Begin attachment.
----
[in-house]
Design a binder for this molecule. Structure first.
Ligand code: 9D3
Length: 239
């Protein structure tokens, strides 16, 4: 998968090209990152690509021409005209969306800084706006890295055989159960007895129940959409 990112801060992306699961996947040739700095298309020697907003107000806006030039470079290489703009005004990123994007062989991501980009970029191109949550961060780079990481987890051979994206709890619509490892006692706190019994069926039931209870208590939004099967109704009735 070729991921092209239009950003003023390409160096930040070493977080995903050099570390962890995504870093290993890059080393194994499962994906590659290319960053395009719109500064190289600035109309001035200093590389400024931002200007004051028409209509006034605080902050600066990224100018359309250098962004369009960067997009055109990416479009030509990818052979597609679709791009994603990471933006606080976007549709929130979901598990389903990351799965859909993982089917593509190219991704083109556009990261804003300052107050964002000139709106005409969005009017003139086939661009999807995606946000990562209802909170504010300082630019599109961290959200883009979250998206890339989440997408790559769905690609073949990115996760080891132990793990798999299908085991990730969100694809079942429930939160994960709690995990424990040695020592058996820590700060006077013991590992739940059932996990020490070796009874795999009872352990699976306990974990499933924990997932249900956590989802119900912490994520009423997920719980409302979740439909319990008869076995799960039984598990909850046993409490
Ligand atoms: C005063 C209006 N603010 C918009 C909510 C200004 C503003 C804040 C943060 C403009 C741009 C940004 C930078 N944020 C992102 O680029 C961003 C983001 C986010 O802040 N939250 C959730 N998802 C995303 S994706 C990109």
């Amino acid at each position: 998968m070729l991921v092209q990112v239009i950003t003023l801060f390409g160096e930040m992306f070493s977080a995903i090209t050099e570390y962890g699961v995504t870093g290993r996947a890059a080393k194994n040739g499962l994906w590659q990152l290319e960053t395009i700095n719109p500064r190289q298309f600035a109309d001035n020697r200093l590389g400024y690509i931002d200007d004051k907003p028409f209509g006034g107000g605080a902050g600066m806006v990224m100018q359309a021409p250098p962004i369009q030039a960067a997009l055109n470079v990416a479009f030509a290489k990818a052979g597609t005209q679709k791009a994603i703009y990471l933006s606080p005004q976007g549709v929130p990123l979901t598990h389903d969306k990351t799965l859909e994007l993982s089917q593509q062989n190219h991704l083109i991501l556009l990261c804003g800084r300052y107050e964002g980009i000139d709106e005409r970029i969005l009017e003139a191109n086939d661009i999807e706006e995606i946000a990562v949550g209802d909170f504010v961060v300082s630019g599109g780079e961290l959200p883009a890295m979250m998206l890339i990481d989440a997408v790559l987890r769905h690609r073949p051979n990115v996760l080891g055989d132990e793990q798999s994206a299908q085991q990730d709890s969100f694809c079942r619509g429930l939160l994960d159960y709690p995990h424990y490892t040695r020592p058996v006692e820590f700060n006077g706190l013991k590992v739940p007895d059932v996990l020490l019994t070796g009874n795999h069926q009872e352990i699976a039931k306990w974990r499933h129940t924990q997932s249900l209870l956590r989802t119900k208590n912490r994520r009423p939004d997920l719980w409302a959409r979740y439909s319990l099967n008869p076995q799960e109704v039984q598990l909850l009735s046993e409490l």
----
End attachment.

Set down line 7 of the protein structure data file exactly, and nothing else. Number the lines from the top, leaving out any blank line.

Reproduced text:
């Amino acid at each position: 998968m070729l991921v092209q990112v239009i950003t003023l801060f390409g160096e930040m992306f070493s977080a995903i090209t050099e570390y962890g699961v995504t870093g290993r996947a890059a080393k194994n040739g499962l994906w590659q990152l290319e960053t395009i700095n719109p500064r190289q298309f600035a109309d001035n020697r200093l590389g400024y690509i931002d200007d004051k907003p028409f209509g006034g107000g605080a902050g600066m806006v990224m100018q359309a021409p250098p962004i369009q030039a960067a997009l055109n470079v990416a479009f030509a290489k990818a052979g597609t005209q679709k791009a994603i703009y990471l933006s606080p005004q976007g549709v929130p990123l979901t598990h389903d969306k990351t799965l859909e994007l993982s089917q593509q062989n190219h991704l083109i991501l556009l990261c804003g800084r300052y107050e964002g980009i000139d709106e005409r970029i969005l009017e003139a191109n086939d661009i999807e706006e995606i946000a990562v949550g209802d909170f504010v961060v300082s630019g599109g780079e961290l959200p883009a890295m979250m998206l890339i990481d989440a997408v790559l987890r769905h690609r073949p051979n990115v996760l080891g055989d132990e793990q798999s994206a299908q085991q990730d709890s969100f694809c079942r619509g429930l939160l994960d159960y709690p995990h424990y490892t040695r020592p058996v006692e820590f700060n006077g706190l013991k590992v739940p007895d059932v996990l020490l019994t070796g009874n795999h069926q009872e352990i699976a039931k306990w974990r499933h129940t924990q997932s249900l209870l956590r989802t119900k208590n912490r994520r009423p939004d997920l719980w409302a959409r979740y439909s319990l099967n008869p076995q799960e109704v039984q598990l909850l009735s046993e409490l």